It seems that one of the driving forces behind the show was the Wellcome Trust. The trust has, as in other things, dragged the public sector kicking and screaming into the 21st century, pushing up PhD grants for example, and generally being a force for good while the Research Councils dithered, perhaps because they had to check with their political paymasters before jumping to attention. The trust, being independent with a mere £10 billion or more in the bank, can go its own sweet way.

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Guidelines for scientists

Perish the thought that scientists should talk to the media without some prior thought. They might make fools of themselves. That's one reason why the EU funded the MESSENGER project. This has now come up with a bunch of reports, including "Guidelines for scientists on communicating with the media".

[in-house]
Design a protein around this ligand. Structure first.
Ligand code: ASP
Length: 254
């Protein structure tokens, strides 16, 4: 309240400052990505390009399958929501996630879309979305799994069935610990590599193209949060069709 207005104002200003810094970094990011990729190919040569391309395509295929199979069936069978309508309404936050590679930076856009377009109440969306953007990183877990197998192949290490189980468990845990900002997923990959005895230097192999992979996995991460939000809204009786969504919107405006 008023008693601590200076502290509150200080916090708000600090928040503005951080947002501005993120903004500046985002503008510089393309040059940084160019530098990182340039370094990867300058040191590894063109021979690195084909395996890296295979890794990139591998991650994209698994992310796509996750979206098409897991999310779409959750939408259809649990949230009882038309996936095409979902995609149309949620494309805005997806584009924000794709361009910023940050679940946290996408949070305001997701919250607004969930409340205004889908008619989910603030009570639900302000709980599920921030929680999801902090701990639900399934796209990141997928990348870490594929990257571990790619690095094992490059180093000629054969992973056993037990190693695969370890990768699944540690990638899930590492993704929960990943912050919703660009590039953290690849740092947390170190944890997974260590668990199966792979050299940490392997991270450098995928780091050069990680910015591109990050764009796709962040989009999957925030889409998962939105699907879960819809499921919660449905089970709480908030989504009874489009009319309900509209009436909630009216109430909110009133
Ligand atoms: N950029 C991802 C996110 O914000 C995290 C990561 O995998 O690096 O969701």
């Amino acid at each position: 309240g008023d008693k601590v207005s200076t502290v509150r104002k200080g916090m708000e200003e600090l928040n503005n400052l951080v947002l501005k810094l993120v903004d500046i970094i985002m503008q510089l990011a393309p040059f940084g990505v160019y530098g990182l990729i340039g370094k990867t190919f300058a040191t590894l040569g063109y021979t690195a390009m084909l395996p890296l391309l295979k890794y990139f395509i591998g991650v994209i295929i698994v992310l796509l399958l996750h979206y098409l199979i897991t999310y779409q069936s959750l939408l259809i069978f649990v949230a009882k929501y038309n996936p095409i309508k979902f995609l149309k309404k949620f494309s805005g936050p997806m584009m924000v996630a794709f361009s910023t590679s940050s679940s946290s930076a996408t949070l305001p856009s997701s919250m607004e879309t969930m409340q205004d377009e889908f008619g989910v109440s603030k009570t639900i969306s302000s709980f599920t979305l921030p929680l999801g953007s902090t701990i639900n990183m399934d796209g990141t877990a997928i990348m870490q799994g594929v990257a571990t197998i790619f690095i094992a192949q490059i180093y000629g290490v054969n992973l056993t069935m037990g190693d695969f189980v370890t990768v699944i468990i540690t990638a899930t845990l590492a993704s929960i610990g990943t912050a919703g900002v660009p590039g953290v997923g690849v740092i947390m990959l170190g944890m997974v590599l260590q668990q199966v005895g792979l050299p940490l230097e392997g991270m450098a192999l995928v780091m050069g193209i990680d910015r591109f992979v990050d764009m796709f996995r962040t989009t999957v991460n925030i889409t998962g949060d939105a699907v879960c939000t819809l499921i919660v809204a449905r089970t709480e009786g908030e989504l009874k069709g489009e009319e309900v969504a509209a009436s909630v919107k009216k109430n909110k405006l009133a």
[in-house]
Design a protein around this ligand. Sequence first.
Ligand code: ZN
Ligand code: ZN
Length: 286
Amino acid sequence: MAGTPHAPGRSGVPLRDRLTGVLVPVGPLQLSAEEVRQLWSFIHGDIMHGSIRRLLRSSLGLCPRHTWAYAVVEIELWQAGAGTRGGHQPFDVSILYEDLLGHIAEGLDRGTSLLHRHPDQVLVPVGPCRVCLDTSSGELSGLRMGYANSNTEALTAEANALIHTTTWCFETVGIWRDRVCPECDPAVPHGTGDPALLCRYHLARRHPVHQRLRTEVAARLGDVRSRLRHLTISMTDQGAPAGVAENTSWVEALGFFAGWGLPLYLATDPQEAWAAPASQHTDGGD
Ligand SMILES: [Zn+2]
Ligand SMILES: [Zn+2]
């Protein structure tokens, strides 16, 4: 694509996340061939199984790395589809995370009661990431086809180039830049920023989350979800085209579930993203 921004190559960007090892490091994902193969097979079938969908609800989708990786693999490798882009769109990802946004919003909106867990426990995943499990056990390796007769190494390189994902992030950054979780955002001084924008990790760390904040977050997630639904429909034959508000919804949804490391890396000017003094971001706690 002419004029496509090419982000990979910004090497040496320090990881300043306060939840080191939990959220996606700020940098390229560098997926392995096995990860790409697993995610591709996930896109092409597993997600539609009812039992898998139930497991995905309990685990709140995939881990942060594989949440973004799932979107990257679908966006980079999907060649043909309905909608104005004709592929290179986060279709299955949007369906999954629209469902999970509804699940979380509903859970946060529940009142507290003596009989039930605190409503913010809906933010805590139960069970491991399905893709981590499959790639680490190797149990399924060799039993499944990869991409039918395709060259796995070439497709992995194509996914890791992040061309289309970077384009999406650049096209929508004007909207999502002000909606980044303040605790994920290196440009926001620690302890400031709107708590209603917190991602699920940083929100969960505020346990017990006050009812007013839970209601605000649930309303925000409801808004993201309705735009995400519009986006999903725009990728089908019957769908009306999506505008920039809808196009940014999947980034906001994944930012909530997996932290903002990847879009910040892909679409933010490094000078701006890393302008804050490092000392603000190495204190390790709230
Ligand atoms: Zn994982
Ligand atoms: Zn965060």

The introduction to the guidelines point out why they think it helps to have this sort of thing:

"While there are numerous examples of how the media have ‘hyped’ science stories and generated unnecessary anxieties in the absence of real empirical evidence, there are equally examples of where scientists have communicated, say, data relating to risks in such a manner that public misunderstandings have been almost inevitable."
MESSENGER's outputs also include "A layperson's guide to decoding science and health stories". What a nerve, giving away all those nasty trade secrets.

There is also a draft of the "Messenger Final Report". (Be warned, this is a big file at 4MB.) At more than 400 pages, it will be a bit of time before we can digest this document, and see if it really is dangerous and subversive stuff.

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Thursday, 4 January 2007

ESA communication activities in 2007

Science writers who stare into space might like to mark in their diaries the dates that appear in the Overview of ESA communication activities in 2007 relevant to the media.

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Wednesday, 3 January 2007

Career opportunities for fact checkers to the stars